Cutting several loaves of bread in a day – even if those are the incredibly crusty types like a baguette – won’t blunt your bread
One misconception about the bread
The truth is, it does. It just takes longer compared to straight-edged ones, thanks to the serrations.
Unknown to most, it’s the cutting surface that causes more ‘damage’ to the blade than the food.
This is the reason why it’s a must to use proper wooden boards, not just your granite countertop, for most of your slicing, dicing, and chopping. And even then, the board will still dull the
The serrations on a bread
A proper bread
(See more: my favorite list of the best bread knives everyone should know about)
There is science behind this, using a serrated
Obviously, if the bread is stale or very hard then you do run the risk of damaging the blade teeth and serrations by perhaps bending a tooth or breaking the tip of it but that is the only real risk you have unless the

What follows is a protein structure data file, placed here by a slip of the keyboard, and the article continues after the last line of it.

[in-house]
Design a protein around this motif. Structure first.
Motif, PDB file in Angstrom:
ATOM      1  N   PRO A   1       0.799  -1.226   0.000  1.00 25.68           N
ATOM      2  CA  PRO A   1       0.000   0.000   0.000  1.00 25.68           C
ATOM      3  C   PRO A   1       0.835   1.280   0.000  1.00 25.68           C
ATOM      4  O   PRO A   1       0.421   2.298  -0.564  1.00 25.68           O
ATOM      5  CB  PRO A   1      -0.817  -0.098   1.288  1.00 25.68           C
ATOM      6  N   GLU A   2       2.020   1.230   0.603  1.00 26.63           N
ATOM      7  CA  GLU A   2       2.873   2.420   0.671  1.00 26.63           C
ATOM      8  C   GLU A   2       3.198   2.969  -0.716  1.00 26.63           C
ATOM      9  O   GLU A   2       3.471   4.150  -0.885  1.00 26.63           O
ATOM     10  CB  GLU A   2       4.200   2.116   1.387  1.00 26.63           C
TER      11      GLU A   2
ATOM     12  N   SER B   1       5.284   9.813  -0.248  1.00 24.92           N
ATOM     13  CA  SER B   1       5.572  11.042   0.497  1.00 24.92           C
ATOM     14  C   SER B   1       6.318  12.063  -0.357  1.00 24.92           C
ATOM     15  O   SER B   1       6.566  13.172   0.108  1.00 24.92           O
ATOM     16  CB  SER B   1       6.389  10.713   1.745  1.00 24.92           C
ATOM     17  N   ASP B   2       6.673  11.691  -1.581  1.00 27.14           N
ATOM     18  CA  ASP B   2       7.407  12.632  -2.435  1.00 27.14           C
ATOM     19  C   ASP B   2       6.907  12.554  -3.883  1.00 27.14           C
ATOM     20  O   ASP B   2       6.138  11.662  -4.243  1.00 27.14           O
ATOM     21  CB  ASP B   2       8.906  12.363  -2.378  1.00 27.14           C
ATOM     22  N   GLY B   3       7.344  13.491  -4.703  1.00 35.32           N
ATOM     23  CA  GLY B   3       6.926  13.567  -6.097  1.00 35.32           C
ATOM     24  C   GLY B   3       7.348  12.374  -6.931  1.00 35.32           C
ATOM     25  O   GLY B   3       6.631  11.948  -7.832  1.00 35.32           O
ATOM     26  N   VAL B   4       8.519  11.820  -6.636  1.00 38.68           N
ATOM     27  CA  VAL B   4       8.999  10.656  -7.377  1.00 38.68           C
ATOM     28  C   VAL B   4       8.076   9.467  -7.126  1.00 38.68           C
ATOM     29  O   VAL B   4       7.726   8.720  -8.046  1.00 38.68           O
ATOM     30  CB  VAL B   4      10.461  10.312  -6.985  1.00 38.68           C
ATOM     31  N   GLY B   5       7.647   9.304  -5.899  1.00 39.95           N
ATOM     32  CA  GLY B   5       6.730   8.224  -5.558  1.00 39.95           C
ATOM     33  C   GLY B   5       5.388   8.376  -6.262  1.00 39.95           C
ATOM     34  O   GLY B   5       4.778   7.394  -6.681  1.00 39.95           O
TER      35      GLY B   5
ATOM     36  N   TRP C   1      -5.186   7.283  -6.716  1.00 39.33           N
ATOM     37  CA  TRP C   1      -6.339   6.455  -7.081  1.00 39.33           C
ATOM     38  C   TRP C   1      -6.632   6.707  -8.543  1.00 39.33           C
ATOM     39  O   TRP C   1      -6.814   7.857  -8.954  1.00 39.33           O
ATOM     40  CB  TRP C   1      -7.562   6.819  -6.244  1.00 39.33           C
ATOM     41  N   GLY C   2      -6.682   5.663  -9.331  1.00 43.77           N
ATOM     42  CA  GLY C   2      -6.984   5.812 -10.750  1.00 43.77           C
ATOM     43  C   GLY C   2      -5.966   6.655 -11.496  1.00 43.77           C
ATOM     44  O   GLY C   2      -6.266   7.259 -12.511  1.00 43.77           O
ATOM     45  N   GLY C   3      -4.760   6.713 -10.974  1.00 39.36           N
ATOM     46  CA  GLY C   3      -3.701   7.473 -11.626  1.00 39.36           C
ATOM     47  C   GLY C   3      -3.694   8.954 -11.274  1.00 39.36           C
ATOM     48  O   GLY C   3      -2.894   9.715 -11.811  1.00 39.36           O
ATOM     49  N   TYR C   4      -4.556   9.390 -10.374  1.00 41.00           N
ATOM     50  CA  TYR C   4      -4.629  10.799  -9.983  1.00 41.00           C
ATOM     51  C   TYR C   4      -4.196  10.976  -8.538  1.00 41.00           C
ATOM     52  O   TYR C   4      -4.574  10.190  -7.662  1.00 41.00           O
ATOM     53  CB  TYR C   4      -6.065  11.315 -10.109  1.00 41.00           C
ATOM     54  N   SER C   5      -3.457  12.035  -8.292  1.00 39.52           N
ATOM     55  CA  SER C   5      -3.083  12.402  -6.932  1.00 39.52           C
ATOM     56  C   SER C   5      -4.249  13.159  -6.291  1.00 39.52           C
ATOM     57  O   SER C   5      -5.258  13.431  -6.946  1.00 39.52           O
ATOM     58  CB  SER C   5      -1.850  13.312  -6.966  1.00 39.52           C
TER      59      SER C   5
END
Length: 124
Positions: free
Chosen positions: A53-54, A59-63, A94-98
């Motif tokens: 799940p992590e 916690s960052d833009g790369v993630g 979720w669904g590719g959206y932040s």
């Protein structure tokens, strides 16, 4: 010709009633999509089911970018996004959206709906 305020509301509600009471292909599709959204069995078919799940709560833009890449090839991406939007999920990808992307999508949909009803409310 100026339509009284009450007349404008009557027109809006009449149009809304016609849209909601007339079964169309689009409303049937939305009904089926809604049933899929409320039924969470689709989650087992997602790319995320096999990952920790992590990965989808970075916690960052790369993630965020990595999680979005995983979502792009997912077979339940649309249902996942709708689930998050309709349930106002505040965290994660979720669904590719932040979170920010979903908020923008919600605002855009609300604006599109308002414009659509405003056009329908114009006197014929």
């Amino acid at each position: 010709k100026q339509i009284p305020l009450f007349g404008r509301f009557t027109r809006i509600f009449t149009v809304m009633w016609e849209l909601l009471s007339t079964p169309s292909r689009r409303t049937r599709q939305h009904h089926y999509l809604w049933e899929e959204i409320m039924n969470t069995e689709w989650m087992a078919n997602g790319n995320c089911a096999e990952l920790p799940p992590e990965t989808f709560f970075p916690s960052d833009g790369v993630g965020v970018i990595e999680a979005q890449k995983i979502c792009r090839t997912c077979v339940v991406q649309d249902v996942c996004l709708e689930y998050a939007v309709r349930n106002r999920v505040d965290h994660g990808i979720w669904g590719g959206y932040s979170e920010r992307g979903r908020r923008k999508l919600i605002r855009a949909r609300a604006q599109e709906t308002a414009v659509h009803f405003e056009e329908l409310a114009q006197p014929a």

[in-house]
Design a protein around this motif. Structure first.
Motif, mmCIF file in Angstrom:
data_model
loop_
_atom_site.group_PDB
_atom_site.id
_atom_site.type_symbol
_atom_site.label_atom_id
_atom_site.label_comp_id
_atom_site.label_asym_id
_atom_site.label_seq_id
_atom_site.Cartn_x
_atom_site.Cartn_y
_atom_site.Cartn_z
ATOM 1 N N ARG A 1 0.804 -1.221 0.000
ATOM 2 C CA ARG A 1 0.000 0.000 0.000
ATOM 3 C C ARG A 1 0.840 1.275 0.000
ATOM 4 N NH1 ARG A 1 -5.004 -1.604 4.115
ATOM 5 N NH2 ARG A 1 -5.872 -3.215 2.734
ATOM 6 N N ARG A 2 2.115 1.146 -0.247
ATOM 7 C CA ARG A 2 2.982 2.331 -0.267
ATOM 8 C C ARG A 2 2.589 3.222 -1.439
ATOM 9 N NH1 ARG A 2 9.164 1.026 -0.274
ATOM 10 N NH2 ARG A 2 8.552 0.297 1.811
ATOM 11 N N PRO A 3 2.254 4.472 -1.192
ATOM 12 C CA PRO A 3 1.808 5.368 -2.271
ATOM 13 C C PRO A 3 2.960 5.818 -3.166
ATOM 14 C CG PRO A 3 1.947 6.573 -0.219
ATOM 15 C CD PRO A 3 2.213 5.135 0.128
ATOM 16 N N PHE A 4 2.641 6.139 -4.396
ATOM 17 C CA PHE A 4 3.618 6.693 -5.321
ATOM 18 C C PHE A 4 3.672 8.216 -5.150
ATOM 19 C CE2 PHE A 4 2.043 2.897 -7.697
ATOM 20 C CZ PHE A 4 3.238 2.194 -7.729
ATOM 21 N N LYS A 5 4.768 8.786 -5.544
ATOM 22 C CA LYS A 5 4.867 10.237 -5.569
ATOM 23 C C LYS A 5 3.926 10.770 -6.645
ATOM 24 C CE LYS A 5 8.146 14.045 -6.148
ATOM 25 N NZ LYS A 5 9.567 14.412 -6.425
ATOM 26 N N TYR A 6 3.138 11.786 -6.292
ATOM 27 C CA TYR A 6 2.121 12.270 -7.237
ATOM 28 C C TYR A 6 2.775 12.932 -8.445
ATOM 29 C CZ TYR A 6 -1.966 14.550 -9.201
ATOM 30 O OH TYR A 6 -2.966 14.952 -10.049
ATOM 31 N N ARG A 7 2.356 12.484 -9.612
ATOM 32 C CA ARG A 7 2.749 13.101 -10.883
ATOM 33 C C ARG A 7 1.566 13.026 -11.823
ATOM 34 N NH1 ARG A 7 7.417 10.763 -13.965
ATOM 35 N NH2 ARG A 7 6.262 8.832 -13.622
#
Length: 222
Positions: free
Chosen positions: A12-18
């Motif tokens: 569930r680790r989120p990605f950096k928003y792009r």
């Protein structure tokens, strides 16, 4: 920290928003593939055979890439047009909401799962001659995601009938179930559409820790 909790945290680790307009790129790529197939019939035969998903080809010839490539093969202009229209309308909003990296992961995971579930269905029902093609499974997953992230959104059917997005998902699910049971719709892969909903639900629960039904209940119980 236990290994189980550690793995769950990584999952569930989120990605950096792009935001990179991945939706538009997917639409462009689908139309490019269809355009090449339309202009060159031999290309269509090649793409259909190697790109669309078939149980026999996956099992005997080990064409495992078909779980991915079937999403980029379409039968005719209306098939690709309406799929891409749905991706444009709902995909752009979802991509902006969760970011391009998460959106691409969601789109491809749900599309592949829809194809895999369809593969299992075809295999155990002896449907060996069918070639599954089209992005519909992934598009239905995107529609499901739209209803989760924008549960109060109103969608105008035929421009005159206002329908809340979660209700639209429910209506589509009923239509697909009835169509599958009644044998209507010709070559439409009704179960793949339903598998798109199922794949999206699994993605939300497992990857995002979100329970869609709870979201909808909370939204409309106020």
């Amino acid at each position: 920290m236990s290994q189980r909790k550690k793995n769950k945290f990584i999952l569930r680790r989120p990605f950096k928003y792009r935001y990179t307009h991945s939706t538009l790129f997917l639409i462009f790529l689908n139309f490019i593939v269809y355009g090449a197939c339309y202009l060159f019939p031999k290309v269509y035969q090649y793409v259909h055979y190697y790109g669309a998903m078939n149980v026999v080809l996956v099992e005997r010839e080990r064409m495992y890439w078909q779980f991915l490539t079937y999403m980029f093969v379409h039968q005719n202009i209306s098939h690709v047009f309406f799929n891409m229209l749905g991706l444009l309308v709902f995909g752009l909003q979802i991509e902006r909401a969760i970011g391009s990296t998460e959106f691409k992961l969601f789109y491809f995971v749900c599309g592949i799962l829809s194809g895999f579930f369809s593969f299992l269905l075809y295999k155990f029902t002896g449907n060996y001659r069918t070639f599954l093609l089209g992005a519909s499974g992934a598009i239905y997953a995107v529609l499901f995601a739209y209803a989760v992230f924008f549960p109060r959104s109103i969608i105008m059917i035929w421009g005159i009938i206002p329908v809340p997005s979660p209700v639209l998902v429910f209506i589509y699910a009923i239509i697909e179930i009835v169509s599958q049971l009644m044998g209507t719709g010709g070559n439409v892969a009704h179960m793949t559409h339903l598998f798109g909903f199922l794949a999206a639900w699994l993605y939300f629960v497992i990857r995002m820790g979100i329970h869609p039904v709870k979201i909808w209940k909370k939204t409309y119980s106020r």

Over time and with use, any
However, you should only sharpen on one side of the blade. A good quality electric sharpener may also do the trick. You can, of course, use a sharp non-serrated
As a result, your slices may have a more crushed and squashed appearance, especially if the bread is very fresh. A non-serrated
Ryan LeavittHi my name is Ryan Leavitt a Marine Corps Veteran and currently an over the road trucker (Long Haul). I am no expert chef but am enjoying preparing my own meals on the road and testing all the different knives.
We give these knives a quick twirl and review, and then we pass them on to a few lucky home chefs!